SpaceX intends to take planetary protection seriously. Under the joint agreement, SpaceX is working with relevant NASA officials to ensure proper planetary protection procedures are followed. One of the areas of collaboration with NASA is for them to advise SpaceX in the development a Planetary Protection Plan (PPP) and assist with the implementation of a PPP including identifying existing software/tools.

Red Dragon is derived from the SpaceX crew Dragon vehicle currently being developed under contract for NASA’s Commercial Crew Program (CCP) to transport American astronauts back and forth to low Earth orbit and the International Space Station (ISS).

SpaceX and Boeing were awarded commercial crew contracts from NASA back in September 2014.

Both firms hope to launch unmanned and manned test flights of their SpaceX Crew Dragon and Boeing CST-100 Starliner spacecraft to the ISS starting sometime in 2017.

The crew Dragon is also an advanced descendent of the original unmanned cargo Dragon that has ferried tons of science experiments and essential supplies to the ISS since 2012.

A SpaceX Falcon 9 rocket and Dragon cargo ship are set to liftoff on a resupply mission to the International Space Station (ISS) from launch pad 40 at Cape Canaveral, Florida on Jan. 6, 2015. File photo.  Credit: Ken Kremer – kenkremer.com
A SpaceX Falcon 9 rocket and Dragon cargo ship are set to liftoff on a resupply mission to the International Space Station (ISS) from launch pad 40 at Cape Canaveral, Florida on Jan. 6, 2015. File photo. Credit: Ken Kremer – kenkremer.com

To enable propulsive landings, SpaceX recently conducted hover tests using a Dragon 2 equipped with eight side-mounted SuperDraco engines at their development testing facility in McGregor, TX.

These are “Key for Mars landing,” SpaceX wrote.

“We are closer than ever before to sending American astronauts to Mars than anyone, anywhere, at any time has ever been,” Newman states.

SpaceX Dragon 2 crew vehicle, powered by eight SuperDraco engines, conducts propulsive hover test at the company’s rocket development facility in McGregor, Texas.  Credit: SpaceX
SpaceX Dragon 2 crew vehicle, powered by eight SuperDraco engines, conducts propulsive hover test at the company’s rocket development facility in McGregor, Texas. Credit: SpaceX

Stay tuned here for Ken’s continuing Earth and planetary science and human spaceflight news.

Ken Kremer

Weekly Space Hangout – Mar. 11, 2016: Dr. Sarah M. Milkovich

Host: Fraser Cain (@fcain)

Guests: Dr. Sarah M. Milkovich, Planetary Geologist and current Science Systems Engineer at JPL working on Mars 2020 Rover. She has also worked on MRO (HiRISE), MSL, Cassini (UVIS), and Mars Phoenix Mission.

Guests:
Morgan Rehnberg (MorganRehnberg.com / @MorganRehnberg)
Dave Dickinson (www.astroguyz.com / @astroguyz)
Paul Sutter (pmsutter.com / @PaulMattSutter)
Alessondra Springmann (@sondy)

Their stories this week:

InSight lives.. But at what cost?

Blue Origin targeting 2018 debut of space tourism

Amazing Views of This Weeks Eclipse

New planets around old stars?

Drilling into Chicxulub crater

We’ve had an abundance of news stories for the past few months, and not enough time to get to them all. So we’ve started a new system. Instead of adding all of the stories to the spreadsheet each week, we are now using a tool called Trello to submit and vote on stories we would like to see covered each week, and then Fraser will be selecting the stories from there. Here is the link to the Trello WSH page (http://bit.ly/WSHVote), which you can see without logging in. If you’d like to vote, just create a login and help us decide what to cover!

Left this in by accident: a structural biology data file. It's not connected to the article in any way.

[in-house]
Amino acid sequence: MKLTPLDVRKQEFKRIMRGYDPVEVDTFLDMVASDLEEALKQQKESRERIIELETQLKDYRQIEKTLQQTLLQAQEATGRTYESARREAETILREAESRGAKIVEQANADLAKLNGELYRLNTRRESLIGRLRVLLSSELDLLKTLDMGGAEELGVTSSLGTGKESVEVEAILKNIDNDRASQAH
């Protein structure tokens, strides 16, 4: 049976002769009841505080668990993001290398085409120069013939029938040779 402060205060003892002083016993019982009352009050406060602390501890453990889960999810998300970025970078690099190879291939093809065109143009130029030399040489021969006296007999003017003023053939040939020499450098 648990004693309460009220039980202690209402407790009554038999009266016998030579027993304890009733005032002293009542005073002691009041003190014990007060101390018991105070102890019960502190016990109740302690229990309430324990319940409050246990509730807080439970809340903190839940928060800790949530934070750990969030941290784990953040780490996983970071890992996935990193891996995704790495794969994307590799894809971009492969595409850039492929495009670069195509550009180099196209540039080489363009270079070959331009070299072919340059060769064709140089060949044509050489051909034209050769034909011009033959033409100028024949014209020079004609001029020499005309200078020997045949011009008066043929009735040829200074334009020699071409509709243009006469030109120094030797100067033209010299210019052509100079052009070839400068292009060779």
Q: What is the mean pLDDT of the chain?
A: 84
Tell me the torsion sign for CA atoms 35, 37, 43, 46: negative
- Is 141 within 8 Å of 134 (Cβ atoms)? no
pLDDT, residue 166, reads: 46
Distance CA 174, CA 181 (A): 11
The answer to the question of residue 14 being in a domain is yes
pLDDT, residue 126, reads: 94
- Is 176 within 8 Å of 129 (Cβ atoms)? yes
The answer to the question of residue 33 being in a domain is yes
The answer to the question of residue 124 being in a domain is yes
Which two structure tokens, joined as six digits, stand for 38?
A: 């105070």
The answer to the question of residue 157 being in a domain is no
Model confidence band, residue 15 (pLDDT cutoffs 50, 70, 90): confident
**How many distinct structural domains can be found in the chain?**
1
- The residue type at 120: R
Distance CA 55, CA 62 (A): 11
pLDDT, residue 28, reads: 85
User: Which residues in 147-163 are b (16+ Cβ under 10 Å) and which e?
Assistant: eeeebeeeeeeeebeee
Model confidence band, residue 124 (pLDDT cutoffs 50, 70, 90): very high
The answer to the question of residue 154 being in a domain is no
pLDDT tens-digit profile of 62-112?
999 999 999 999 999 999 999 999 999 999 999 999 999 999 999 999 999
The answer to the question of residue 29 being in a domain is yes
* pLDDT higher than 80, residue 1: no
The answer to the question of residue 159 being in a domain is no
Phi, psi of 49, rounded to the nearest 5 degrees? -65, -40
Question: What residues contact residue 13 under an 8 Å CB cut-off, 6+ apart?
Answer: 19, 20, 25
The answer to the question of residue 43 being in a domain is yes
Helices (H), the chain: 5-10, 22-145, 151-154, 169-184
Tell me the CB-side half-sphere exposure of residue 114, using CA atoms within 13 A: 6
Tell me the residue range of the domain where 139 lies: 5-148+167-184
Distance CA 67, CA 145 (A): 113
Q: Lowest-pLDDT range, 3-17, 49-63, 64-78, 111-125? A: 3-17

We record the Weekly Space Hangout every Friday at 12:00 pm Pacific / 3:00 pm Eastern. You can watch us live on Google+, Universe Today, or the Universe Today YouTube page.

You can also join in the discussion between episodes over at our Weekly Space Hangout Crew group in G+!

InSight Mars Lander Saved from Termination, Reset to 2018 Blastoff

Back shell of NASA's InSight spacecraft is being lowered onto the mission's lander, which is folded into its stowed configuration.  The back shell and a heat shield form the aeroshell, which will protect the lander as the spacecraft plunges into the upper atmosphere of Mars.  Launch now rescheduled to May 2018 to fix French-built seismometer.  Credit: NASA/JPL-Caltech/Lockheed Martin
Back shell of NASA’s InSight spacecraft is being lowered onto the mission’s lander, which is folded into its stowed configuration. The back shell and a heat shield form the aeroshell, which will protect the lander as the spacecraft plunges into the upper atmosphere of Mars. Launch now rescheduled to May 2018 to fix French-built seismometer. Credit: NASA/JPL-Caltech/Lockheed Martin

The Insight Mars lander has been saved from mission termination and will live to launch another day two years from now, NASA managers just announced following a thorough three month investigation into the causes of the last moment snafu involving the failure of its French-built seismometer science instrument that last December forced the agency to cancel its planned liftoff this month.

NASA is now targeting a new launch window that begins May 5, 2018, for the Interior Exploration using Seismic Investigations, Geodesy and Heat Transport (InSight) mission aimed at studying the deep interior of Mars.

The May 2018 launch amounts to an unavoidable 26 month launch delay from the originally planned launch on March 4, 2016. Because of the immutable laws of orbital mechanics, launch opportunities to the Red Planet only occur every 26 months.